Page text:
The Russians are coming...
By Jim Reffkin

September 2004

Almost twenty years ago, I was doing some presentations at the USTA Tennis Teachers Conference in New York. The big buzz was the strong representation from Russia. We kept saying, where in the heck did all these "Ruskies" come from, and are these guys for real.

The big joke among the locals, was how they would approach you with a strong Eastern Europe accent, and with the standard line, "who are you?" And then, without skipping a beat, and making sure it was worthwhile for them, followed this brief introduction with a one liner, "you want come Russia." At the end of the day, drinking beer not vodka, we had a ball comparing unbelievable stories and promises made by these guys.

As much as they sounded like an old World War II movie, and stretched the imagination, the approach obviously got everyone's attention and it worked; because the introduction was followed by an intense "interrogation" on the most recent American High Performance programs. It was amazing, they would wring every bit of information out of us to help them do what the Russian government asked them to do - develop Russian world champions. Today, the Russians are relentlessly achieving the goals of the Russian government - winning. This season Russian women won three of the four majors - all by different women - and are dominating the world rankings.

The Russians most certainly have the last laugh. They not only absorbed the most current American coaching techniques, but also added the most important element to this very difficult objective of developing world champions.

Does anyone remember Al McGuire, successful Marquette University basketball coach? Well, Marquette won the NCAA Championship and when asked how he did it he replied, "I don't coach any better than anyone else, but I recruit better!"

The Russians may not ever coach better than Americans, but they most definitely do a better job of recruiting. At a very early age, children are given physical aptitude tests describing potential traits that would justify a particular sport. Obviously, during these years, the Russian government was giving tennis a priority in the Russian system. When you think about it, its simple, it's a numbers game. If there are more talented children playing tennis at an early age, the opportunity for a potential US Open champion goes up.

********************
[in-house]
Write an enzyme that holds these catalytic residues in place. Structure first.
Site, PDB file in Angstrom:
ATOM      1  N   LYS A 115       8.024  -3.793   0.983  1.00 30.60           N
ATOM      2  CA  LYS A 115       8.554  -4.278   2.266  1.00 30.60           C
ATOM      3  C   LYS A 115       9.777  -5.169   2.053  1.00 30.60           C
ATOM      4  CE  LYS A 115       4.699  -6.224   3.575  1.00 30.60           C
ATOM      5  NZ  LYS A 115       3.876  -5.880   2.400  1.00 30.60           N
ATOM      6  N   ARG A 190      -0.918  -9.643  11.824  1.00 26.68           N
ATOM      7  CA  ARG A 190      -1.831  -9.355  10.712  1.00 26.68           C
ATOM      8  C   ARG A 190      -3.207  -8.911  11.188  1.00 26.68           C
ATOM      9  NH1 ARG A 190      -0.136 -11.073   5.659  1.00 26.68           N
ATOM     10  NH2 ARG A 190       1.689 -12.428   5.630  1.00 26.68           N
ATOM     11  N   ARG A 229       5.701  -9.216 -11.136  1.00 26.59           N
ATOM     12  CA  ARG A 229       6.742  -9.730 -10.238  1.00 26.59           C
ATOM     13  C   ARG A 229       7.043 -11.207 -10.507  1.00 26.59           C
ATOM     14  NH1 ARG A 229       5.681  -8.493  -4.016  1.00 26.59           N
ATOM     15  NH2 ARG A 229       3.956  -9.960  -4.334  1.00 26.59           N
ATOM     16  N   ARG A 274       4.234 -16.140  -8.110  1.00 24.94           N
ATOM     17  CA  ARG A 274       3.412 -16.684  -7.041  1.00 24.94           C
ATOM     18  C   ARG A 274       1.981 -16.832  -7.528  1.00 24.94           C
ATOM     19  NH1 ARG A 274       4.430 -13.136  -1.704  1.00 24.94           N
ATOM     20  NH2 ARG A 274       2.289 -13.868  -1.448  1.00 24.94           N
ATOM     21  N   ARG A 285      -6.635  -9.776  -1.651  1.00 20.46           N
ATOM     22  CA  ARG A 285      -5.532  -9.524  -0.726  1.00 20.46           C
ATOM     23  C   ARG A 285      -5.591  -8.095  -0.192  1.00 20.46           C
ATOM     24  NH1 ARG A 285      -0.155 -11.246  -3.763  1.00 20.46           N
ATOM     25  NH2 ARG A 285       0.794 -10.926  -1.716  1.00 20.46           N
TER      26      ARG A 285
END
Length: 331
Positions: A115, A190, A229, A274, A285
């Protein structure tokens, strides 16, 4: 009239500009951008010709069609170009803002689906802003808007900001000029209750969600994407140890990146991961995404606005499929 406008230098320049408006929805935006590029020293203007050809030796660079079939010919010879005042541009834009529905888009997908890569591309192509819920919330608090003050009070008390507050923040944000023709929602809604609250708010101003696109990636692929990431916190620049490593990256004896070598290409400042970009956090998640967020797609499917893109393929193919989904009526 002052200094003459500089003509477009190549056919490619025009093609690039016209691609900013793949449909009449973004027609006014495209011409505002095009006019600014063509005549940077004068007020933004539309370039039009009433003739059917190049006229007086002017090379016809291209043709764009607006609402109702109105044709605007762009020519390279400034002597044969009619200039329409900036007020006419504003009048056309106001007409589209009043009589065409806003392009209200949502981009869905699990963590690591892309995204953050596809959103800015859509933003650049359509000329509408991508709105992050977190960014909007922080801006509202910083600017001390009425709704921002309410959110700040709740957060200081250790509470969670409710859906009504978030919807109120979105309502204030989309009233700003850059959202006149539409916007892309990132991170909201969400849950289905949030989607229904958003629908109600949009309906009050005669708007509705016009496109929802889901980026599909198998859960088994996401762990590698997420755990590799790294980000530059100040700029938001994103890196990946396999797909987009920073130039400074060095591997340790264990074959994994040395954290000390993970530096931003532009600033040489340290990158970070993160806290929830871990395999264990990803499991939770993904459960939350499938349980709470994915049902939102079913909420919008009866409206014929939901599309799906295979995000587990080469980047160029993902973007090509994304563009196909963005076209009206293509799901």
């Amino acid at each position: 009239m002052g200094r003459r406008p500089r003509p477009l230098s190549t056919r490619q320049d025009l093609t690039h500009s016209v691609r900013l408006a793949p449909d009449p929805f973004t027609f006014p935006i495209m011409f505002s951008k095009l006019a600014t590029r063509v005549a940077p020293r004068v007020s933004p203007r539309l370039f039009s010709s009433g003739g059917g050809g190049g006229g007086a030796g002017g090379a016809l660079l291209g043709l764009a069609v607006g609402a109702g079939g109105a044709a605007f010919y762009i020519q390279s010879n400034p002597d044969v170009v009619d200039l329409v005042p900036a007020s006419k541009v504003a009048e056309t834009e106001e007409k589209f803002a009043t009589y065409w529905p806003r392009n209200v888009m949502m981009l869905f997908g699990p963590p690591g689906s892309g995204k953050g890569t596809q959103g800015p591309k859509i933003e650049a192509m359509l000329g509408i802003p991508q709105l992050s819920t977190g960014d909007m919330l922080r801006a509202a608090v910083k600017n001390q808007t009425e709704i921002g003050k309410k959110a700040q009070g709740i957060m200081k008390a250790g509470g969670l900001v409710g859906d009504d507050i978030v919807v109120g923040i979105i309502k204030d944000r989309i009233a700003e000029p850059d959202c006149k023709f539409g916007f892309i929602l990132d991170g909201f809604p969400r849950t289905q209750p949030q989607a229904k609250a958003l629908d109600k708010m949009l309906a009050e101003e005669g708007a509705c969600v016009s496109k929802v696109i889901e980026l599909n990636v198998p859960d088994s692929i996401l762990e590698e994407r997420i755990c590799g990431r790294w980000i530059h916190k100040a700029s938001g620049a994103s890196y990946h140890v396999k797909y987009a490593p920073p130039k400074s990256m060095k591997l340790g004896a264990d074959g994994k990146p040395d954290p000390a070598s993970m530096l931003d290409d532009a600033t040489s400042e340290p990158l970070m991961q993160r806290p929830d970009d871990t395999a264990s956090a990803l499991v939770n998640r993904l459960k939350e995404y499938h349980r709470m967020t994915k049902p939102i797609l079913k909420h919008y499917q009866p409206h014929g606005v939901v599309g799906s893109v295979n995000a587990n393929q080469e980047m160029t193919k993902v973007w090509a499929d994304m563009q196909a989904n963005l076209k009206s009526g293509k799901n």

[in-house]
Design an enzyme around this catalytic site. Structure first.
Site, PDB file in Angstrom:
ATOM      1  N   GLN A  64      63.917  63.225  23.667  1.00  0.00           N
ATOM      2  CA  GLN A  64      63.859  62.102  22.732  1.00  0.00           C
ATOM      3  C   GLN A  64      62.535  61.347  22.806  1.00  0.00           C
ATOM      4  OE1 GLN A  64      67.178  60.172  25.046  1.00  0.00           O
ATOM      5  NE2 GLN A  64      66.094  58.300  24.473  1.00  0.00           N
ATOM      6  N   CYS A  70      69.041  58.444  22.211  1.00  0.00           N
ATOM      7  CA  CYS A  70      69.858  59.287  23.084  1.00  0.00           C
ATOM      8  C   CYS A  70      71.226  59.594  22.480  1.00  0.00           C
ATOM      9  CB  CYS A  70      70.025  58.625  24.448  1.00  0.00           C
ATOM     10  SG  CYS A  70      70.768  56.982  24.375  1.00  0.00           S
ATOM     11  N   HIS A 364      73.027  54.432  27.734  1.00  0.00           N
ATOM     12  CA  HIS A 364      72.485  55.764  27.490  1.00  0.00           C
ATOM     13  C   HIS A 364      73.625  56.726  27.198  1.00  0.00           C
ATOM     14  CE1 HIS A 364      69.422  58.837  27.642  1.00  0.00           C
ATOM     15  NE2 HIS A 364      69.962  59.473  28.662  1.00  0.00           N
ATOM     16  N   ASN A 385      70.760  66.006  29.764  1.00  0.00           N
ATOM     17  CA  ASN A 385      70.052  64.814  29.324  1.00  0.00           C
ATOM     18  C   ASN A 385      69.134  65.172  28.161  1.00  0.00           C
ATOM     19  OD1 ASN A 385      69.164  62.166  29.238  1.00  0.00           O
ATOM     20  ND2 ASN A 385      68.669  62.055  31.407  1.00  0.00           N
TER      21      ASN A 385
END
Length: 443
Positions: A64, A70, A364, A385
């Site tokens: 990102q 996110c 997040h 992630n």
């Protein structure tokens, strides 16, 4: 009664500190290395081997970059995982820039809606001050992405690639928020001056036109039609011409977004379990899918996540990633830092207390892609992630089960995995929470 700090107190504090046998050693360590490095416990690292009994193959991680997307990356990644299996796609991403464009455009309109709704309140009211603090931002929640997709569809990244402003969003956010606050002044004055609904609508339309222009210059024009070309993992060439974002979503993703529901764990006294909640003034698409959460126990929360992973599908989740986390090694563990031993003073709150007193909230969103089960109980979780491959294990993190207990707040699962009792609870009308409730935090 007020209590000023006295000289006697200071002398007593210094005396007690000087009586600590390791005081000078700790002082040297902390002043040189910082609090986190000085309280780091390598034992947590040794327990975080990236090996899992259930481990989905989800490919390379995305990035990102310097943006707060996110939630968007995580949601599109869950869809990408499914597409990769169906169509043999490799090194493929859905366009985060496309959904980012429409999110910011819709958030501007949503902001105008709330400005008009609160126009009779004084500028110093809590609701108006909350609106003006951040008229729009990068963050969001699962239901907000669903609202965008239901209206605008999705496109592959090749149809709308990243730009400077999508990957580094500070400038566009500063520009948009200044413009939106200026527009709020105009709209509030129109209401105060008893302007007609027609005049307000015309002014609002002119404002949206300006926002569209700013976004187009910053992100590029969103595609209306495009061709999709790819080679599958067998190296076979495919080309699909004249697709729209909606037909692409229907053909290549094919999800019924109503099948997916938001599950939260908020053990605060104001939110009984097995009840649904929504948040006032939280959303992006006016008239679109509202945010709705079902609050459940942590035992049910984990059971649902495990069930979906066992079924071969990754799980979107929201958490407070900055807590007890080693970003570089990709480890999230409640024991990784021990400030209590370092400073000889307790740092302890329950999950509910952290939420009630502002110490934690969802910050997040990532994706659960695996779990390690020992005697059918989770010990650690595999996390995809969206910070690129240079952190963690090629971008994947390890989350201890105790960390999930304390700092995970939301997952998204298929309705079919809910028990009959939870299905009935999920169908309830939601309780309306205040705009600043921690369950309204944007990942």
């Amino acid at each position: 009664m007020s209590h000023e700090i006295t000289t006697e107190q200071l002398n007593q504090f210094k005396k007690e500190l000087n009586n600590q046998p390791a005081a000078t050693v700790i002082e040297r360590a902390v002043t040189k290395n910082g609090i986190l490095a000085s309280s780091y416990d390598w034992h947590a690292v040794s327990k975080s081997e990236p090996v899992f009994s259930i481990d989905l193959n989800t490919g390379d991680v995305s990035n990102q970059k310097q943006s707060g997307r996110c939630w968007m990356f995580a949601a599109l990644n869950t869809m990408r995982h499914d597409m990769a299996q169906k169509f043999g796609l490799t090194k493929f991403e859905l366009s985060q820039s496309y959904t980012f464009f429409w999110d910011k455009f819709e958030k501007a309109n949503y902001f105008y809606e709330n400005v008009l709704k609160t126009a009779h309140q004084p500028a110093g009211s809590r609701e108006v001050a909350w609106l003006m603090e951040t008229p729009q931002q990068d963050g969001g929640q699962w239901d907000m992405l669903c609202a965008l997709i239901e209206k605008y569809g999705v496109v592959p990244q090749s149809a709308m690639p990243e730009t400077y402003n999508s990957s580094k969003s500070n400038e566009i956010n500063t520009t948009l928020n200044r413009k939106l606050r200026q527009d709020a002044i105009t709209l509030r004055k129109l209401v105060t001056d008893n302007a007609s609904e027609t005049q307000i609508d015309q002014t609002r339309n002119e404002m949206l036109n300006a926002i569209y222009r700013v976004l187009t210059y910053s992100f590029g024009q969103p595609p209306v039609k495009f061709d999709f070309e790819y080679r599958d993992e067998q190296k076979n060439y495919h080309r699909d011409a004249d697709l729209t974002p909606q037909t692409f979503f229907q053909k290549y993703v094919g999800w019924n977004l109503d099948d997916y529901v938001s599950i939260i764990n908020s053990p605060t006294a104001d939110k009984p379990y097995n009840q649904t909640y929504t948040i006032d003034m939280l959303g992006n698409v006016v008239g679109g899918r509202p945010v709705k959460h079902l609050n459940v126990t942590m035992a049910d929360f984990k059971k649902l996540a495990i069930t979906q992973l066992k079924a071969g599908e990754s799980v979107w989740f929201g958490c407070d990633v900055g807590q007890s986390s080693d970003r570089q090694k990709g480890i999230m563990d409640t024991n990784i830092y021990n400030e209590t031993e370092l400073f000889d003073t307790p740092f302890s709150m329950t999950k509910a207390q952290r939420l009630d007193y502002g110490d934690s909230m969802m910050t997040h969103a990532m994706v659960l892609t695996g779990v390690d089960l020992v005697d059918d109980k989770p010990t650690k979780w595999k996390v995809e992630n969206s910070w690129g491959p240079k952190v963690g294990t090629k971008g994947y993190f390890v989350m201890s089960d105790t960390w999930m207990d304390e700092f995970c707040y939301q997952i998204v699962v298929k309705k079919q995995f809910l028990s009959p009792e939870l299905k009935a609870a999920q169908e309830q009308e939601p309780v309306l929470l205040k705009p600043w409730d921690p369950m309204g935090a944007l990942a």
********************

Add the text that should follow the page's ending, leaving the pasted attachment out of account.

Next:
The American system of developing champions may not be able to implement a governmental intrusion in choosing tennis athletes, but it most certainly could promote and develop a much more comprehensive grassroots program that could attract and retain more gifted children.

As much as we are taking positive steps with our High Performance programming, our "competitive path" from section level down is a "hit and miss" at best. Compare it to traditional American Youth Sports, and its obvious, tennis is woefully behind in developing a solid, logical progression of competitive tennis programming for our children. As recently as ten years ago, the USTA actually discouraged organized competitive play among the very young; defaulting to soccer, softball and the other major youth sports to capture the ankle biters. I believe we are now confronted with a sense of urgency - we must copy other American sports and develop an enriched competitive path, a challenging path that will increase and retain participation.

In 2000, the USTA had a National Plan for Growth that said, "we need to re-evaluate our programs and have the courage to try new approaches."

In 2002, Lee Hamilton, our new USTA Executive Director and Chief Operating Officer, evaluated Community Tennis Development and reported, our 2002 performance in increasing tennis player participation at best was "described as mediocre."

In 2004-2006, the USTA Strategic Plan lists as a level one priority: "New Programs targeted at retaining new and frequent players!"

In 2005 we have USTA Welcome Centers, but where are the programs? Have we re-evaluated our programs and have we had the courage to try new approaches?

Here in the Southwest Section, our new President, Tim Russell is answering the challenge by feverishly fanning the flames of innovation. He is supporting new Southwest programming, a progressive "Junior Competitive Path" that should serve as a precedent for other sections to follow. However, this is no small task, as we all know change is difficult, so we hope Tim will have both staff and volunteer support and the relentless persistence to implement the new programming. I think he does!